Economic Survey 2016-2017 gives the first official estimate of post-demonetisation growth in FY17 in the range of 6.5% to 6.75%. It shows conviction that this is not sufficient cause for introducing deficit-financed fiscal stimulus in FY18 by relaxing the fiscal deficit target of 3% slated for next year.
In line with this, the Economy Survey observes that fiscal policy needs to balance the cyclical imperatives with medium-term issues relating to prudence and credibility.
It does recognise the pressure of increased outflow of salaries and pensions in the wake of the recommendations of the Seventh Pay Commission accompanied by some unanticipated erosion of excise duty revenues in FY17.
The Survey also recognises that the state finances are under stress with their consolidated fiscal deficit going up from 2.5% of the GDP in 2014-15 to 3.6% of the GDP in 2015-16, partly because of UDAY scheme.
The Survey argues in favour of fiscal prudence in spite of the economic slowdown which has caused growth to slide much below its potential level, assessed to be in the range of 8-10%.
The report also observes that the room for monetary stimulus may be limited since domestic prices are expected to come under pressure due to increased prices of global crude and other primary articles. In view of these reasons, the Survey is somewhat ambivalent about India’s growth prospects in FY18, providing a wide range from 6.75 to 7.5%.
While supporting the demonetisation initiative, the Survey cautions that normalisation may spill over into the next financial year and the consumption contraction induced by it may linger on well into the next fiscal.
The Indian economy is also grappling with potent risks emanating from global forces:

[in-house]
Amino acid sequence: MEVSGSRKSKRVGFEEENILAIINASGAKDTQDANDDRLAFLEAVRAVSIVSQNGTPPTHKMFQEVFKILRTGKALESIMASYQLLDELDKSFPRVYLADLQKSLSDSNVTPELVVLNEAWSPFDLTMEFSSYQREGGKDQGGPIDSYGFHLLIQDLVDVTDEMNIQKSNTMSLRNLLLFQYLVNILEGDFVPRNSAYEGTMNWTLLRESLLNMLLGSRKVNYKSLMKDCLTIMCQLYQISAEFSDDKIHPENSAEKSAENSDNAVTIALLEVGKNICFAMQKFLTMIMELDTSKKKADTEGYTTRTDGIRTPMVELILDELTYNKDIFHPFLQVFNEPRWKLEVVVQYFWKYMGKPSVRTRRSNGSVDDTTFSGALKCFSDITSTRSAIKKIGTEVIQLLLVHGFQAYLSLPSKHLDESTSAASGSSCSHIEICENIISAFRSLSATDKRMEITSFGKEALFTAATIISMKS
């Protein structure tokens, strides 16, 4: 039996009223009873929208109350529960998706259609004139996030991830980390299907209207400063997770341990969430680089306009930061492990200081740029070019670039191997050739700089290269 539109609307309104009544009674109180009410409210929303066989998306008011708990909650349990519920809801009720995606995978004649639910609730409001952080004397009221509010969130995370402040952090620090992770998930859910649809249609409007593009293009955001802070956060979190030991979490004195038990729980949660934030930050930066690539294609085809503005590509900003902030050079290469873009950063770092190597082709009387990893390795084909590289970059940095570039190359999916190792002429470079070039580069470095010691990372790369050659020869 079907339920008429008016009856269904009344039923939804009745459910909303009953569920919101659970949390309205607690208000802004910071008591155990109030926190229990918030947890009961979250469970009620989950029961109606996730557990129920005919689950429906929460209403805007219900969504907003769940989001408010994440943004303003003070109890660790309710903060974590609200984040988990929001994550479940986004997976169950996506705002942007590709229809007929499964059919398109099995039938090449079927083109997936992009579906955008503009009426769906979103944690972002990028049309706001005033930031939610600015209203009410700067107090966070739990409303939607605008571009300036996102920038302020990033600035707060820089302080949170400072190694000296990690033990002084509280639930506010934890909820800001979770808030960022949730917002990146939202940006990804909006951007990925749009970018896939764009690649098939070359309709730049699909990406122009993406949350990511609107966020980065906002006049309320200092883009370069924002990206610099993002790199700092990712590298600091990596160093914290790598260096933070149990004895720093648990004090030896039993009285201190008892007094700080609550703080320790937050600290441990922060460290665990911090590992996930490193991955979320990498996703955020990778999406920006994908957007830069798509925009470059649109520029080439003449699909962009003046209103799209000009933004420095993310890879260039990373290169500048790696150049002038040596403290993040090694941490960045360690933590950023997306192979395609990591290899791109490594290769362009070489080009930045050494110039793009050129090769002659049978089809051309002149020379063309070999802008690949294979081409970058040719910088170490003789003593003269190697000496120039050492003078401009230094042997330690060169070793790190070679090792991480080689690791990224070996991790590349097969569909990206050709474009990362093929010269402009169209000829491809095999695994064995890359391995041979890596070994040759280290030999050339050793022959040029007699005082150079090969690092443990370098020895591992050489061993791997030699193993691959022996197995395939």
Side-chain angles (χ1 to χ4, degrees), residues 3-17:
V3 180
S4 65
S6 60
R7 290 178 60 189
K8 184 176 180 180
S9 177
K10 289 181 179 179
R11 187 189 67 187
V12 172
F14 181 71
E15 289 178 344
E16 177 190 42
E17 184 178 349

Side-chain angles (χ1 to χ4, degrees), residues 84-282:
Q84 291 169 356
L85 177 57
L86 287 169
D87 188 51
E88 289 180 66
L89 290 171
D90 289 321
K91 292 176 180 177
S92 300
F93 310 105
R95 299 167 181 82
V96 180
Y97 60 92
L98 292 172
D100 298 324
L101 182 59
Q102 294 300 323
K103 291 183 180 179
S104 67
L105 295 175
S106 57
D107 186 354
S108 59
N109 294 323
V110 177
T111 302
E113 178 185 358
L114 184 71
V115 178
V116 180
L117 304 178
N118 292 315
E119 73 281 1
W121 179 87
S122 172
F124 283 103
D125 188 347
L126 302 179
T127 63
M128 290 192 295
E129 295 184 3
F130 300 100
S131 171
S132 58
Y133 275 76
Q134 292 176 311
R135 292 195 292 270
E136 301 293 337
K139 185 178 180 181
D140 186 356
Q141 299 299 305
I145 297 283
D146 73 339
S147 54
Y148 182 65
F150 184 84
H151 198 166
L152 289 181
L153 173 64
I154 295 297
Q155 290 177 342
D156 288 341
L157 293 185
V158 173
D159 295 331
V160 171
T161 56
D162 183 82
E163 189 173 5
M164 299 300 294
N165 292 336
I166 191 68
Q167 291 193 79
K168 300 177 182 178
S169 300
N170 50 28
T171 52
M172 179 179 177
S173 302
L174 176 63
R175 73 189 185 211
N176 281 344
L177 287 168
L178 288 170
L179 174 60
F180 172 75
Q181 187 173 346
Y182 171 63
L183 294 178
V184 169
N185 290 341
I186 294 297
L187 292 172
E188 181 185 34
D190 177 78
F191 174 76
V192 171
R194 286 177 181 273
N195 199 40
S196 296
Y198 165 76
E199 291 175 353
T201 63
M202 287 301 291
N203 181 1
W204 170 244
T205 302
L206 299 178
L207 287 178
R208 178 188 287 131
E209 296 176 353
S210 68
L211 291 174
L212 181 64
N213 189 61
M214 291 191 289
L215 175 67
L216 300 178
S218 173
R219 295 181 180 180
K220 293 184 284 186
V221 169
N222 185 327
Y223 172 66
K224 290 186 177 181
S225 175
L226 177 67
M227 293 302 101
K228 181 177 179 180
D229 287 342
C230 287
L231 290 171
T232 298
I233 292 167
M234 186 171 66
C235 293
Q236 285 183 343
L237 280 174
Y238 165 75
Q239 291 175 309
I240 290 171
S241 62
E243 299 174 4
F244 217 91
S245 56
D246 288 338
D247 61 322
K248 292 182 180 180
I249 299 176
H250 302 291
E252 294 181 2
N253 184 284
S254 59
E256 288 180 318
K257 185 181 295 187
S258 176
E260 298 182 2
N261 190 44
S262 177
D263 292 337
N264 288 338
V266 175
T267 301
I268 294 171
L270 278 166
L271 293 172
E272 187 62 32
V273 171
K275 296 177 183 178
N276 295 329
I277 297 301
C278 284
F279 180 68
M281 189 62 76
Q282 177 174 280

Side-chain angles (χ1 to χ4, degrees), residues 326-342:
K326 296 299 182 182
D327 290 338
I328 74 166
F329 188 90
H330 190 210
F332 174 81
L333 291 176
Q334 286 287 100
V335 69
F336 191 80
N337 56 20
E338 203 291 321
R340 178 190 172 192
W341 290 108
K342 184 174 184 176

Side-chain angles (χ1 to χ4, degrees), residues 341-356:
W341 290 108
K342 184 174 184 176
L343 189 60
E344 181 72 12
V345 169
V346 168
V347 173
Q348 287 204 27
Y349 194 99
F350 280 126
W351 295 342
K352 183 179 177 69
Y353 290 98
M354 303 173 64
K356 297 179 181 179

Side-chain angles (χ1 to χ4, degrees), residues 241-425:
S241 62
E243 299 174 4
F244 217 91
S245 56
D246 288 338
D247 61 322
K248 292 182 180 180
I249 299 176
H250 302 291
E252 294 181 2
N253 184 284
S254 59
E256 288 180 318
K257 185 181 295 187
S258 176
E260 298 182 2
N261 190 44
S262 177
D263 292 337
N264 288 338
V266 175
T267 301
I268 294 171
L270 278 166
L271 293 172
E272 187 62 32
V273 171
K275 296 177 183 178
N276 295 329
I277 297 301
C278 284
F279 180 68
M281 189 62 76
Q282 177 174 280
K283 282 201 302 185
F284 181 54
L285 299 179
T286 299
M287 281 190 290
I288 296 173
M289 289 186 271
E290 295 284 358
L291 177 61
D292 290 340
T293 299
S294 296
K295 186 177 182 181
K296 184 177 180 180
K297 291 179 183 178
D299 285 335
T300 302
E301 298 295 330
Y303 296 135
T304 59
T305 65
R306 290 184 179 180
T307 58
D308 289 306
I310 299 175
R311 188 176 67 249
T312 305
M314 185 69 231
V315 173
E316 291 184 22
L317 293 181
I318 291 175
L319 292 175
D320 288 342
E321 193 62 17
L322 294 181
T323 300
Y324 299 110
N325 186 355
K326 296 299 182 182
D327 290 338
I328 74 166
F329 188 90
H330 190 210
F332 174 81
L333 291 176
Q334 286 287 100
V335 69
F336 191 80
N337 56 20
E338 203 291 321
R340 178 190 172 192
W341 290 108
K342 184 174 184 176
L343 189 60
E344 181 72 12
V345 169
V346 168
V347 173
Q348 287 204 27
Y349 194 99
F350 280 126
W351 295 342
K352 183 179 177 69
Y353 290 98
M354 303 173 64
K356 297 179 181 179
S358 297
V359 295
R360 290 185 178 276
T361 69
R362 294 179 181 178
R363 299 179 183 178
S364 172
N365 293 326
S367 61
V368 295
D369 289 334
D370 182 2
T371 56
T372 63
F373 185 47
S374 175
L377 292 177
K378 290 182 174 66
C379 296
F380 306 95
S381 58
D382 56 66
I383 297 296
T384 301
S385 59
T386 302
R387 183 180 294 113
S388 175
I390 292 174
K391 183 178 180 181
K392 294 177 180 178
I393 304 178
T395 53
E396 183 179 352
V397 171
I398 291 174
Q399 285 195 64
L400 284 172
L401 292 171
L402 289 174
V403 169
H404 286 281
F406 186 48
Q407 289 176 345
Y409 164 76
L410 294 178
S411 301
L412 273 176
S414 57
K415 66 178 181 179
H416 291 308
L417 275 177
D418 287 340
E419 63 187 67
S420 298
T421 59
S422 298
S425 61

First, there is the possibility of eruption of trade tensions among the major countries affecting India’s exports. Second, there could be competition among major players in lowering corporate tax rates to attract capital. Third, with the US incrementally uplifting the Fed rate, there would be steady pressure on the Indian rupee.
Despite these risks to growth, there is an expectation of a slow but steady increase in the tax-GDP ratio. This would be facilitated by the combined effect of GST and digitisation of transactions.
Until a tangible increase in the tax-GDP ratio occurs, the ambitious Universal Basic Income proposal of the Survey will have to wait as it requires the fulfilment of some of the prerequisite conditions.
Two conditions that the Survey stipulates are: (a) full coverage of Jan Dhan, Aadhaar and Mobile connectivity; (b) the need for Centre-state negotiations as part of the UBI would need to be funded by states.
On the whole, the Survey appears to be fixated on the distant long term. The short-term policy responses needed to cope with the immediate challenges have been given lesser importance. But sacrificing the short term may eventually also erode the long-term prospects.
For India, currently placed in a sweet spot in terms of its unfolding demographic dividend, that sacrifice may not be called for.